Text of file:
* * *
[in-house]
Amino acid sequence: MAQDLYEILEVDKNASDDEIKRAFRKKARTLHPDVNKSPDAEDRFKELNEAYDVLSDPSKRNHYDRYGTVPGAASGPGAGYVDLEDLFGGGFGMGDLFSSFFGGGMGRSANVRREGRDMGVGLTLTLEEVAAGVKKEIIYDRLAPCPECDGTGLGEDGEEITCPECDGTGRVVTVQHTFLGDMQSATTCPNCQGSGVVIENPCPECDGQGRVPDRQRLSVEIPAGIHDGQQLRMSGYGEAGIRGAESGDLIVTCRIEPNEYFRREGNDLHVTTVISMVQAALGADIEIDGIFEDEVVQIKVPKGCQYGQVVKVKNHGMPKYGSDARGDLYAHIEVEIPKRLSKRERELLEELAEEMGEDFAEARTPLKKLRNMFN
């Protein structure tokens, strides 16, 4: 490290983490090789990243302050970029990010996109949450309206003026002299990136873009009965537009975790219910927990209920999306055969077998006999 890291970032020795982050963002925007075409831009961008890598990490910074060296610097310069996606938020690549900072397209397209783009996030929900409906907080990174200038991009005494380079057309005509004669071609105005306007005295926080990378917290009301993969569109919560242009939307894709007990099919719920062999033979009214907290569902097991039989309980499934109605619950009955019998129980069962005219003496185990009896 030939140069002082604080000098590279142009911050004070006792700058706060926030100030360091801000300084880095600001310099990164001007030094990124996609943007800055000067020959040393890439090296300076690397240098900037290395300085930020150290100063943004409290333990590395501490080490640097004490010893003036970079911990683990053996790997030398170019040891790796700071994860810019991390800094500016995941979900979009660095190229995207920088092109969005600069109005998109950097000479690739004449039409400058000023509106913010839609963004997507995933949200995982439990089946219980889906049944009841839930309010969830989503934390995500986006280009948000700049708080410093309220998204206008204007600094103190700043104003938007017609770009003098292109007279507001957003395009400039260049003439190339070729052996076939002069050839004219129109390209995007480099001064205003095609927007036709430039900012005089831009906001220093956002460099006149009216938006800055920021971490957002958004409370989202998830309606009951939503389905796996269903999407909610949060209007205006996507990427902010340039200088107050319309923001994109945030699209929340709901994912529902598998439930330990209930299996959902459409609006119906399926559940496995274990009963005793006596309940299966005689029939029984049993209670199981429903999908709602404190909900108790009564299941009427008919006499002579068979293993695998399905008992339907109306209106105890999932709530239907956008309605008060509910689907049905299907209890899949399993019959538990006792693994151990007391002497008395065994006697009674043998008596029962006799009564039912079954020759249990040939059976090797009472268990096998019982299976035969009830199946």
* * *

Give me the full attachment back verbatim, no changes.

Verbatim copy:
[in-house]
Amino acid sequence: MAQDLYEILEVDKNASDDEIKRAFRKKARTLHPDVNKSPDAEDRFKELNEAYDVLSDPSKRNHYDRYGTVPGAASGPGAGYVDLEDLFGGGFGMGDLFSSFFGGGMGRSANVRREGRDMGVGLTLTLEEVAAGVKKEIIYDRLAPCPECDGTGLGEDGEEITCPECDGTGRVVTVQHTFLGDMQSATTCPNCQGSGVVIENPCPECDGQGRVPDRQRLSVEIPAGIHDGQQLRMSGYGEAGIRGAESGDLIVTCRIEPNEYFRREGNDLHVTTVISMVQAALGADIEIDGIFEDEVVQIKVPKGCQYGQVVKVKNHGMPKYGSDARGDLYAHIEVEIPKRLSKRERELLEELAEEMGEDFAEARTPLKKLRNMFN
């Protein structure tokens, strides 16, 4: 490290983490090789990243302050970029990010996109949450309206003026002299990136873009009965537009975790219910927990209920999306055969077998006999 890291970032020795982050963002925007075409831009961008890598990490910074060296610097310069996606938020690549900072397209397209783009996030929900409906907080990174200038991009005494380079057309005509004669071609105005306007005295926080990378917290009301993969569109919560242009939307894709007990099919719920062999033979009214907290569902097991039989309980499934109605619950009955019998129980069962005219003496185990009896 030939140069002082604080000098590279142009911050004070006792700058706060926030100030360091801000300084880095600001310099990164001007030094990124996609943007800055000067020959040393890439090296300076690397240098900037290395300085930020150290100063943004409290333990590395501490080490640097004490010893003036970079911990683990053996790997030398170019040891790796700071994860810019991390800094500016995941979900979009660095190229995207920088092109969005600069109005998109950097000479690739004449039409400058000023509106913010839609963004997507995933949200995982439990089946219980889906049944009841839930309010969830989503934390995500986006280009948000700049708080410093309220998204206008204007600094103190700043104003938007017609770009003098292109007279507001957003395009400039260049003439190339070729052996076939002069050839004219129109390209995007480099001064205003095609927007036709430039900012005089831009906001220093956002460099006149009216938006800055920021971490957002958004409370989202998830309606009951939503389905796996269903999407909610949060209007205006996507990427902010340039200088107050319309923001994109945030699209929340709901994912529902598998439930330990209930299996959902459409609006119906399926559940496995274990009963005793006596309940299966005689029939029984049993209670199981429903999908709602404190909900108790009564299941009427008919006499002579068979293993695998399905008992339907109306209106105890999932709530239907956008309605008060509910689907049905299907209890899949399993019959538990006792693994151990007391002497008395065994006697009674043998008596029962006799009564039912079954020759249990040939059976090797009472268990096998019982299976035969009830199946």